Pest Control Workwear Safety: OSHA Compliance for Pest Control Companies

25Jan

Uniforms and Apparel

Pest control companies need to balance pest control workwear uniforms with OSHA compliance standards. This can be a tall order to follow when you want to make an impact with your customers and, at the same time, provide safe working conditions for your employees.

Having your employees greet homeowners or business owners in protective coveralls can instill a sense of worry. Rather, it is better to have your employees make the right first impression with the proper uniform shirt and pants. After greeting the customer and discussing their pest control needs, then they can do a proper assessment.

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During the assessment, pest control workers may not need extensive OSHA-compliant workwear right away. Initially, they may only need gloves, goggles, and a face mask, depending on where they are conducting the assessment. For example, if they need to get into a crawlspace or attic, then using coveralls to keep their uniform clean would also be appropriate.

After making their assessment, pest control employees need access to respirators, goggles, protective gloves, and coveralls to safely apply treatments in various areas of the home. For more extensive treatments, like tenting and fumigating a house or business, they may need other types of OSHA-compliant workwear.

Educate and Promote Safe OSHA Practices

Besides ensuring your employees have the right pest control work clothes, employers have a responsibility to educate their employees on OSHA requirements. Taking the time to train and educate employees is vital to avoid non-compliance and potential fines. Not to mention, it reduces the risks of personal injuries and accidents.

For example, your employees need to know how to safely transport, store, and apply various chemicals used for pest control. You need to verify that every employee knows how to do this safely and correctly.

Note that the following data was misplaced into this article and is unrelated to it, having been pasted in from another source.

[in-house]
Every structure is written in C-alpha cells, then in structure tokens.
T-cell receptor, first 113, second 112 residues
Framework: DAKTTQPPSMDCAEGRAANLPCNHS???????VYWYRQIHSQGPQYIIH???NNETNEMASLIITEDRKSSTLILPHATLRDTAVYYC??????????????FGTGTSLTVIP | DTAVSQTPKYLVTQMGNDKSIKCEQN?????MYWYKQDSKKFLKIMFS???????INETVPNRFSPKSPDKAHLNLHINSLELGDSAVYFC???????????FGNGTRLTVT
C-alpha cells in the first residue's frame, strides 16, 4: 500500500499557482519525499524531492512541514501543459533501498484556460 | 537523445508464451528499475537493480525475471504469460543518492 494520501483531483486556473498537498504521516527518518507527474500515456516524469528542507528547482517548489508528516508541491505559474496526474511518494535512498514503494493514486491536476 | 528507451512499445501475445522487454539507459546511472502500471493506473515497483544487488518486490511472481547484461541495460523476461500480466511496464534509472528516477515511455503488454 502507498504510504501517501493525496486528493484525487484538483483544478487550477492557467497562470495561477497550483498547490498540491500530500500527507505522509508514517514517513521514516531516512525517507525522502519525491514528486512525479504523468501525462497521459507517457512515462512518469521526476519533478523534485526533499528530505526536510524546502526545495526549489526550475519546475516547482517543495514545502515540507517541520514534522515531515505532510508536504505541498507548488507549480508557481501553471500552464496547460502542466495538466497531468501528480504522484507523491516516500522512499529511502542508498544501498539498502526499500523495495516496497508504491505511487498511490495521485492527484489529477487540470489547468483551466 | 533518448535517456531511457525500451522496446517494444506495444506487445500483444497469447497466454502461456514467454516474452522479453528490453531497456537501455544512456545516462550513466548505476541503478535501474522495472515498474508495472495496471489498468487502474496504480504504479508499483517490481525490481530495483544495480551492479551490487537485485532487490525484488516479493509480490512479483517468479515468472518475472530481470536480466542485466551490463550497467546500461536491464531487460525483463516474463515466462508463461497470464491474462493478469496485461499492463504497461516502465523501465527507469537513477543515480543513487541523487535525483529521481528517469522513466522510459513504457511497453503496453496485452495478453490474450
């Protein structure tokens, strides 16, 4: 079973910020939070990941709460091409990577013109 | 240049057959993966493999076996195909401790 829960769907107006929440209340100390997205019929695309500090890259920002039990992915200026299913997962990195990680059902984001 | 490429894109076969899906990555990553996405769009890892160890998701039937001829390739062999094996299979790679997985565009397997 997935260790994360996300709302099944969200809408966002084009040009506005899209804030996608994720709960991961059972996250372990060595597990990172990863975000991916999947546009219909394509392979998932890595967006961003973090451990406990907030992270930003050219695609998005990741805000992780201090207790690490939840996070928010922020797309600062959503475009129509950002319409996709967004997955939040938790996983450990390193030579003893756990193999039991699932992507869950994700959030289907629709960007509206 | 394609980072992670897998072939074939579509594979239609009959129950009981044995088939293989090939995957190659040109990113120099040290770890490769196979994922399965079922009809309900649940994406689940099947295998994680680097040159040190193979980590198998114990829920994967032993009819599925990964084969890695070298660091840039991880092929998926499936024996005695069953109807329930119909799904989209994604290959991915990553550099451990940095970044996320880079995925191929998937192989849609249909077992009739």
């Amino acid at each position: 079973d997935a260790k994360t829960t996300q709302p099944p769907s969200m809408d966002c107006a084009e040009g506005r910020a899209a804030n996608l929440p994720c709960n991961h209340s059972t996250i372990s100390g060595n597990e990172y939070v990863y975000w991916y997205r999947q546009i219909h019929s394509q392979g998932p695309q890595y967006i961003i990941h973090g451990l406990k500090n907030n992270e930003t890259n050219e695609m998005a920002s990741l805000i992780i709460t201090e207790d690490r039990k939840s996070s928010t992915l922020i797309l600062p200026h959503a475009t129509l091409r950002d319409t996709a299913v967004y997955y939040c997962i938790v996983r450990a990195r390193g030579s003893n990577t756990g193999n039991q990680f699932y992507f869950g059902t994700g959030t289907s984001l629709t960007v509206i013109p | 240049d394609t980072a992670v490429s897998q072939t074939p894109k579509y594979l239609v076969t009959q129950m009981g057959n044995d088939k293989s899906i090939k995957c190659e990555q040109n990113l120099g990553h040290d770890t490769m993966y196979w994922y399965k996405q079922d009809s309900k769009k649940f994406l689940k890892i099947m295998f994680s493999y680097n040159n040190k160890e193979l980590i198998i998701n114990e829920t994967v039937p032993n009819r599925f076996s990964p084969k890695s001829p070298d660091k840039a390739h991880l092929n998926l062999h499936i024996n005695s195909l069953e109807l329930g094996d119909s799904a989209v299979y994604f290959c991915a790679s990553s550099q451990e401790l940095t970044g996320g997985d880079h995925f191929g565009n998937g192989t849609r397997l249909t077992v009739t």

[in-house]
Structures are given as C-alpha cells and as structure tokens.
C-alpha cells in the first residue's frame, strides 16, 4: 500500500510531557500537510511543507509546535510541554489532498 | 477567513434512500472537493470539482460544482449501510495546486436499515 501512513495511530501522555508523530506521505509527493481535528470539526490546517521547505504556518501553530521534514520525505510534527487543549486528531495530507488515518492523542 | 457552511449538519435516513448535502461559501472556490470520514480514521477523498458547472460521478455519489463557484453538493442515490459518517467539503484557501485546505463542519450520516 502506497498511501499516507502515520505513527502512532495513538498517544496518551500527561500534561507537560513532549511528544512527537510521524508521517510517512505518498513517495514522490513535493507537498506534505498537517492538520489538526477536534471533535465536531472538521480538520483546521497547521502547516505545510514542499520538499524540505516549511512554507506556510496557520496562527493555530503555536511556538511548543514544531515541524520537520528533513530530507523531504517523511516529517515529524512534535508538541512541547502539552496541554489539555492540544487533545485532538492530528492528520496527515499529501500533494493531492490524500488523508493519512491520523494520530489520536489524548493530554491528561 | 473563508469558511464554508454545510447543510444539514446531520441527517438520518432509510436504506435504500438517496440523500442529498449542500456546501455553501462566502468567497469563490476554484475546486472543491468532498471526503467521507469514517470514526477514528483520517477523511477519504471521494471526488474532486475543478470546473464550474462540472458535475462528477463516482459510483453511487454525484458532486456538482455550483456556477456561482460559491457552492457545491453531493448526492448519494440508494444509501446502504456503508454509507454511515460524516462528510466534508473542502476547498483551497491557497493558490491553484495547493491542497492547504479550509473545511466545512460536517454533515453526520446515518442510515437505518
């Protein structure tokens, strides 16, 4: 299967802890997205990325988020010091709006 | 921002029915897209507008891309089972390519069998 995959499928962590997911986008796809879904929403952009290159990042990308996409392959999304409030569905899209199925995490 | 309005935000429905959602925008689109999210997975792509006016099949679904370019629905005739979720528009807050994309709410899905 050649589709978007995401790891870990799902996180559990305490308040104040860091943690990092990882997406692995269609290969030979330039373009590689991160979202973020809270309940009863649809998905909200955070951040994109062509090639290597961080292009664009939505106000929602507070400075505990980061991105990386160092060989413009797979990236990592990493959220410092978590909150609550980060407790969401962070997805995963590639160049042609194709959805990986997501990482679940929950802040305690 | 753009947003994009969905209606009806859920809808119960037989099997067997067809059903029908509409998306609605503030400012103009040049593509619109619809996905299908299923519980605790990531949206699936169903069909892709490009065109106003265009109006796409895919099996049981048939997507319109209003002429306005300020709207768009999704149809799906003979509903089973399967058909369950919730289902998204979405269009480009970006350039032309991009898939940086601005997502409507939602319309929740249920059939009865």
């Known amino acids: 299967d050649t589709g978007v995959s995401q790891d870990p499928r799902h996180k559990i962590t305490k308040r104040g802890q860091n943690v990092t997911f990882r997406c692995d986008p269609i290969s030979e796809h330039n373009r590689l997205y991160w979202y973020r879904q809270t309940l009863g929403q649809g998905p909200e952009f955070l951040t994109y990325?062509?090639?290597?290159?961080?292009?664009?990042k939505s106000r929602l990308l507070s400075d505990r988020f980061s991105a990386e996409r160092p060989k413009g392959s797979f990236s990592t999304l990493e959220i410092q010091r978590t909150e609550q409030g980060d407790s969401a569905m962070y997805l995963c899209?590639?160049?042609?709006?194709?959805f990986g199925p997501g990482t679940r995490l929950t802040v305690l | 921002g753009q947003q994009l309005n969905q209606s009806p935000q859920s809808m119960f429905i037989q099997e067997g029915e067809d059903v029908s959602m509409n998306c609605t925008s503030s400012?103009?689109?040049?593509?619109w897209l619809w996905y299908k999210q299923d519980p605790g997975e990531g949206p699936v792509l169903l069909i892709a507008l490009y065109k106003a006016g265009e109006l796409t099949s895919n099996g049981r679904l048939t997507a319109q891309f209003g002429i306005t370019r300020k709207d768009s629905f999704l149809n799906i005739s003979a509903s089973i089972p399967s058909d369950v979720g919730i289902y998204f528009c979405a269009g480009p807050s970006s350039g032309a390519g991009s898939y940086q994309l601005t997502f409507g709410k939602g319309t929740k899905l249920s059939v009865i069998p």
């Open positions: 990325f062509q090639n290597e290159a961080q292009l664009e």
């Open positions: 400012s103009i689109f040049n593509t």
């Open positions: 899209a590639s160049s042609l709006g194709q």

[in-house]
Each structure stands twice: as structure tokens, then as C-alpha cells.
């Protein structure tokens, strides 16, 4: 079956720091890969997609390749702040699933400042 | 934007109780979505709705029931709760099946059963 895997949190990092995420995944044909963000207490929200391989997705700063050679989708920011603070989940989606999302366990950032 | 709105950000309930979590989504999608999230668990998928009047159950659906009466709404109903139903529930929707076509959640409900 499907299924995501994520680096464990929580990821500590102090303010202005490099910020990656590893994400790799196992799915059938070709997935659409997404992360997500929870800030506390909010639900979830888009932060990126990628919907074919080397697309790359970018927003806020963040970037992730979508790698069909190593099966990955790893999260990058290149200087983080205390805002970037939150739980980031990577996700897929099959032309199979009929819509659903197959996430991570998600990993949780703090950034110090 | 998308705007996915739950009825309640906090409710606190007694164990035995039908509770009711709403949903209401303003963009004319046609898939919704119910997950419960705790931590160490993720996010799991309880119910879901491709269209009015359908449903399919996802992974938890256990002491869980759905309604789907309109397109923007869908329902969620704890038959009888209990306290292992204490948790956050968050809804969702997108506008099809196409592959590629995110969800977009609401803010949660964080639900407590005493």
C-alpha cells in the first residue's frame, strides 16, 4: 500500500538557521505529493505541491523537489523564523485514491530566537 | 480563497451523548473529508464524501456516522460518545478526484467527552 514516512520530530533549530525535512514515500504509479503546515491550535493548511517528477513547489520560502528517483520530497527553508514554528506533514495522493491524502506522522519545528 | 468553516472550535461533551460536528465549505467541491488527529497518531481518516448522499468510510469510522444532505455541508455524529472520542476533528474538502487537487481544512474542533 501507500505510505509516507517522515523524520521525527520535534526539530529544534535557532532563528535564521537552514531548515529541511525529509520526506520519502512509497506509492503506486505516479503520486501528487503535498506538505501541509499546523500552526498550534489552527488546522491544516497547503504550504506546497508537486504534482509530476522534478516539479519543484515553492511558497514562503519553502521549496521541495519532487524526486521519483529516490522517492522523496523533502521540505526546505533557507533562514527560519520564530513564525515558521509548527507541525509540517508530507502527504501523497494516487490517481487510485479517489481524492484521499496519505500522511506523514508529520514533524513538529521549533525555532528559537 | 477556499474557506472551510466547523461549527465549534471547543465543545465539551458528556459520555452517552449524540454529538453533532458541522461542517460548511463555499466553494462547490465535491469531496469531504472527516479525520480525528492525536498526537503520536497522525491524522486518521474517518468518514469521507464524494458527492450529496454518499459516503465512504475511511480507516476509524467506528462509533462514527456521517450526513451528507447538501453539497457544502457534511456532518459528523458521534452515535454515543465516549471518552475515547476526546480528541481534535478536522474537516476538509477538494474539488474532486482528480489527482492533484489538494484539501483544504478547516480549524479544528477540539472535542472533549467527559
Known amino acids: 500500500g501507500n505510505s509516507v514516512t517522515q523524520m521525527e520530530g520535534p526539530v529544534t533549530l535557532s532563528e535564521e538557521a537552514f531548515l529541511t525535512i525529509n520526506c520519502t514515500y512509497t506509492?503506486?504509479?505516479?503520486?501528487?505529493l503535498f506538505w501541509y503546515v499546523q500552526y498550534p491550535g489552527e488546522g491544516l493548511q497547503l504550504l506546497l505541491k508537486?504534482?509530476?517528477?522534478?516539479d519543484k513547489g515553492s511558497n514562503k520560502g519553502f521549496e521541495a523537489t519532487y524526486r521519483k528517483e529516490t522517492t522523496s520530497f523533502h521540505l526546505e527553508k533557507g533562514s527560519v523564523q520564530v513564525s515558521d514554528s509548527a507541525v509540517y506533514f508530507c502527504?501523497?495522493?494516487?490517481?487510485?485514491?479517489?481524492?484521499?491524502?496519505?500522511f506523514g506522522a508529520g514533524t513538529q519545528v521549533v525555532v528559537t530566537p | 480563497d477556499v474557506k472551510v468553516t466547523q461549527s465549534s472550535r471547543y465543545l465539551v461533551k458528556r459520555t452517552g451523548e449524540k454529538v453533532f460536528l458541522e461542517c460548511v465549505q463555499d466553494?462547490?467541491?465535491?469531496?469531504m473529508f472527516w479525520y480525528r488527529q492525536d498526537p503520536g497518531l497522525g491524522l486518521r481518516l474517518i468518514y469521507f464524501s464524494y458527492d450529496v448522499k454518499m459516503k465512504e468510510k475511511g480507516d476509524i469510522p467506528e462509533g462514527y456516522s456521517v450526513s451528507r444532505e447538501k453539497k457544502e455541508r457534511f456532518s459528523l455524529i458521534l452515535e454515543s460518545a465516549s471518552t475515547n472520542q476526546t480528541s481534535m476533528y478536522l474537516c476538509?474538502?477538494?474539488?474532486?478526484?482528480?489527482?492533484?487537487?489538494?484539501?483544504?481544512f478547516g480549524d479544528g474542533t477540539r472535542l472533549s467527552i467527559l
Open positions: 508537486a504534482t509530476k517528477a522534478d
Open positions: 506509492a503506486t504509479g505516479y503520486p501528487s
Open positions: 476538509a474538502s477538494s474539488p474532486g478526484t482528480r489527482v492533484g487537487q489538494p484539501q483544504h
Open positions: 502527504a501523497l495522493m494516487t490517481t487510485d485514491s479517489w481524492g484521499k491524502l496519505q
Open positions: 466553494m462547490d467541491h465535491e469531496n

Furthermore, your employees need to able to educate your customers on pest control application safety. Your customers need to know if there are any safety precautions they should follow after treatments are applied—for example, not using household cleaning products on the treated areas for a set time period.

Provide Easy Access to Material Safety Data Sheets (MSDS)

Your pest control employees should have easy access to MSDS sheets. These sheets should list any harmful or hazardous chemicals they transport, store, or use for pest control treatments. It is a good idea to keep hard-copy printed versions of the sheets in binders in your pest control vehicles. This way, if your employee needs to review specific details about handling or using the chemicals, they can do so easily.

Review and Update OSHA Safety Compliance

As a pest control company owner, it is your responsibility to review and update OSHA safety compliance regularly. It is equally a good idea to review EPA (Environmental Protection Agency) regulations and standards often. The EPA can make updates where a chemical can no longer be used for environmental reasons, health concerns, or other such changes you and your employees need to know.

Ultimately, it is your and your employees’ responsibility to ensure OSHA compliance is followed by placing a focus on safety and maintaining safe working conditions while handling pest control chemicals.

For further details about pest control work uniforms and protection coveralls for your employees, please feel free to contact Prudential Overall Supply at 800-767-5536 today!